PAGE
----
Here, Pyotr Stepanovich, in Demons, presents the plan of the revolutionaries. It seems that not much has changed in the modern culture war. In the name of “tolerance,” of “democracy,” and ultimately, in the name of “liberty, equality, and brotherhood,” the homosexual agenda is pushed. The Church, the family, and the marriage are all seen as “evils of the old world,” and are flatly rejected and undermined by radical activists. The people who actually struggle with homosexual tendencies, and feel the deep inner hurt and longing for love and fulfillment, have become victims of a few activists in a system which is proposed among the intellectual elites, based upon a faulty notion of “freedom” and human “rights.” This is evident in the invention of an entire discipline of studies to support their movements—studies in “gender” and in “queer theory.” These ideas are implanted into the ideas of young people, and then spur some, who may already have homosexual tendencies, on to live a homosexual lifestyle, while others are encouraged to fight with the traditional social order in order to make culture and society are more “welcoming” place, to create a pluralistic post-modern society of many individual truths.
The modern secular humanism that is prevalent in the West, and whose claws are tearing their way into Catholic Poland, does not differ much from the nineteenth century revolutions of which Dostoevsky speaks. There is an ingrained, unfounded, and prevalent suspicion of the Church and of traditional values. The homosexual movement in Poland argues its position by referring to the European Union. If the EU is progressive and enlightened, the guarantor of human rights, then Poland must be a country of the Dark Ages, a clerical theocracy in which the Church rules the state and tells people what they must do. Of course, the homosexual movement is not the only movement that insinuates distrust against the Church and misrepresents it. Other examples are the Da Vinci Code phenomenon, the rise of the New Age and interest in eastern religions, as well as the media bias. This of course, is no surprise. Four hundred years ago, Pascal observed, “Men despise religion. They hate it and are afraid that it is true.”
It is quite astounding that the homosexual movement has so much media coverage, much to the credit of these minorities of people who often dedicate their whole energies to “fighting for the cause.” This is true at Notre Dame, where professors such as Gail Bederman can be found everywhere, questioning the traditional teachings of the Church, and seeking to fight for “equal rights,” with the full support and encouragement from the staff of the Observer and the liberal establishment. Professors such as Ed Manier correspond regularly with the Progressive Student Alliance, and ask advice of liberal students as to how best go about an issue on campus. In reality, then, we find ourselves in an absurd situation, where liberal students have a great say, and even Notre Dame Philosophy Professors take advice from the grassroots activists. In Poland, it is also a small group of radical activists who have the support of Gazeta Wyborcza, the largest newspaper in Poland, as well as the state-run television, which is headed by former communists. When a homosexual march took place in Krakow two years ago, EU member countries, such as the Netherlands, Belgium, and Germany, sent homosexual activists to Poland to “educate” the Polish homosexuals about how to successfully create a lot of noise and attract a lot of attention.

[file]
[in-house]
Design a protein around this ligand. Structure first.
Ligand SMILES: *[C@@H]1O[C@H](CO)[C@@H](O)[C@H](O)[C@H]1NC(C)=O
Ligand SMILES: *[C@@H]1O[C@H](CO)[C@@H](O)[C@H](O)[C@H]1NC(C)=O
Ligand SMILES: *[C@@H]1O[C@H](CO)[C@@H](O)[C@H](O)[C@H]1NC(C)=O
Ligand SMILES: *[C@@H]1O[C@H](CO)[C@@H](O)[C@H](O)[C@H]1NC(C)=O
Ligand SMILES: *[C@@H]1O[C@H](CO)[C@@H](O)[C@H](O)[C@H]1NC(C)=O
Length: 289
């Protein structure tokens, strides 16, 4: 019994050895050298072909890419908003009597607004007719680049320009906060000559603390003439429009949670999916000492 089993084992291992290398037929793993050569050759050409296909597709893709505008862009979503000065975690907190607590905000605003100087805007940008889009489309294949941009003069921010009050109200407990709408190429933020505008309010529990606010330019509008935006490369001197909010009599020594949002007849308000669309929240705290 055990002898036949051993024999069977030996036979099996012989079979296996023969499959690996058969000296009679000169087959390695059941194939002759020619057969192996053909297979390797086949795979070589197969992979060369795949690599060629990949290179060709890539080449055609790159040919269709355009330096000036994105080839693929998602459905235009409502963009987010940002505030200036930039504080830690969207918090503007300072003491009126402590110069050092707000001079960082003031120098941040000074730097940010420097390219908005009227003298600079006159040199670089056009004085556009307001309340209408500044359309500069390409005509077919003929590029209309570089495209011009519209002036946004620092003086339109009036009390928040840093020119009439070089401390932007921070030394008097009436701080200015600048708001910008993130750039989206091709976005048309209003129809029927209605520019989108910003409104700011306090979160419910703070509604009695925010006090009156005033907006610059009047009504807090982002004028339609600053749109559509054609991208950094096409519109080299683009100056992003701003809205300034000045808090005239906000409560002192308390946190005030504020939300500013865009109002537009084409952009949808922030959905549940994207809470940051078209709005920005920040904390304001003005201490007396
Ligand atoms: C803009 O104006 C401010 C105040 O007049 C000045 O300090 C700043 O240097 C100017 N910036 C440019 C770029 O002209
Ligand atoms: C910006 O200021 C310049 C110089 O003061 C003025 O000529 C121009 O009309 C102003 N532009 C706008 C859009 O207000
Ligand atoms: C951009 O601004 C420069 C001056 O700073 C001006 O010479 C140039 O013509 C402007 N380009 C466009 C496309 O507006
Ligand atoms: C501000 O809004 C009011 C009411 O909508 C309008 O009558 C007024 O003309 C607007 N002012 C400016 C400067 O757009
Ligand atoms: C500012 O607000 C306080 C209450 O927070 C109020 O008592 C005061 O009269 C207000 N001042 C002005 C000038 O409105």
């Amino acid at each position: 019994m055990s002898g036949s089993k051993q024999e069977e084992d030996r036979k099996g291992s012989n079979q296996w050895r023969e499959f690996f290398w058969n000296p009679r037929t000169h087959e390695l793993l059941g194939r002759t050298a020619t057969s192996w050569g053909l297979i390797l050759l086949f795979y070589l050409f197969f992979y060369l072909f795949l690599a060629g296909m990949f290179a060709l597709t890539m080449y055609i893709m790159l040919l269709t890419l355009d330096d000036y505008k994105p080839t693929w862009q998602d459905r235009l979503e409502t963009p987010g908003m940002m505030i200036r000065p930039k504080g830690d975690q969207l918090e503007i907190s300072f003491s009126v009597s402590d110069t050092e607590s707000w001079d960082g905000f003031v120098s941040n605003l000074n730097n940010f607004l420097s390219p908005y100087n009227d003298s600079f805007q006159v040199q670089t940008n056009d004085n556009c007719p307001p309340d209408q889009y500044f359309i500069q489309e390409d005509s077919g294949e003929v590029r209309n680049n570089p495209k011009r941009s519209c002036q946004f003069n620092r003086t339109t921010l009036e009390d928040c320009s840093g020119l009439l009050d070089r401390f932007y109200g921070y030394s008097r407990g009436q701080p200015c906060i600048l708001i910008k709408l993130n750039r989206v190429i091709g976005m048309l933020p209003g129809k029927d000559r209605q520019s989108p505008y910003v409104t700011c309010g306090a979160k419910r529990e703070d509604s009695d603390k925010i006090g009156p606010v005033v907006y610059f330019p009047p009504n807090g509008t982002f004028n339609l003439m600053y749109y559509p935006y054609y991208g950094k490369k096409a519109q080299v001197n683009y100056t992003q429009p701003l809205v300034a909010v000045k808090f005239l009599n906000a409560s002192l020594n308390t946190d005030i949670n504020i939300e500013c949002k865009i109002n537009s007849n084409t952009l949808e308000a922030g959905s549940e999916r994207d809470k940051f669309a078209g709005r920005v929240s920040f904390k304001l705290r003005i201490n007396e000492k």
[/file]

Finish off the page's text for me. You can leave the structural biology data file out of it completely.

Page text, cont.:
What these people do not understand is that their movements have been proved wrong throughout the centuries. In fact, their fight for “equal rights” is not really anything new or progressive. Already two hundred fifty to three hundred years ago, the Enlightenment directed its attack against the Church, against marriage, and against the family. “Man was born free, but is everywhere in chains,” stated Rousseau, who fought against the “chains” of the Catholic Church and of the establishment. Voltaire hated the Catholic Church with a passion, and his one goal in life was to defeat it. Fundamental human institutions were also a target of his attack. “The teaching on the indissolubility of marriage is the most brutal and de-humanizing” form of limiting people’s freedom, wrote Voltaire.
Thus, what we see in this manifestation that is being organized by the party of the new “young Poland” is actually nothing new at all. The methods used by the homosexuals to push their agenda are not unfamiliar to us throughout at least the past three centuries. Dostoevsky noticed one hundred and fifty years ago:
We are assured the world is becoming more and more united, is being transformed into brotherly communion, by the shortening of distances, by the transmitting of thoughts in the air. Alas, do not believe in such a union of people…they distort their own nature, for they generate many meaningless and foolish desires, habits, and most absurd fancies in themselves. They live only for mutual envy, for pleasure seeking, and self-display.
In this world of the twenty-first century, we are confronted by arguments in favor of “equal rights,” of “brotherhood,” (Oops, forgive my non-inclusive word. Perhaps I should say, “solidarity,” a more “gender-neutral” word). Compassion is misunderstood, and becomes interpreted as something that gives one the responsibility to support any view whatsoever, as long as it is in the persecuted minority. “Love” is raped, and the idea of a self-giving sacrifice is violated by the concept of pleasure and fulfillment. Perhaps most ironically, in the name of “tolerance” for homosexuals, we must be intolerant of those who support traditional values. Dostoevsky warns that the more one gives into these revolutionary ideas, “the more he sinks into suicidal impotence.” Impotent or not, definitely not fruitful.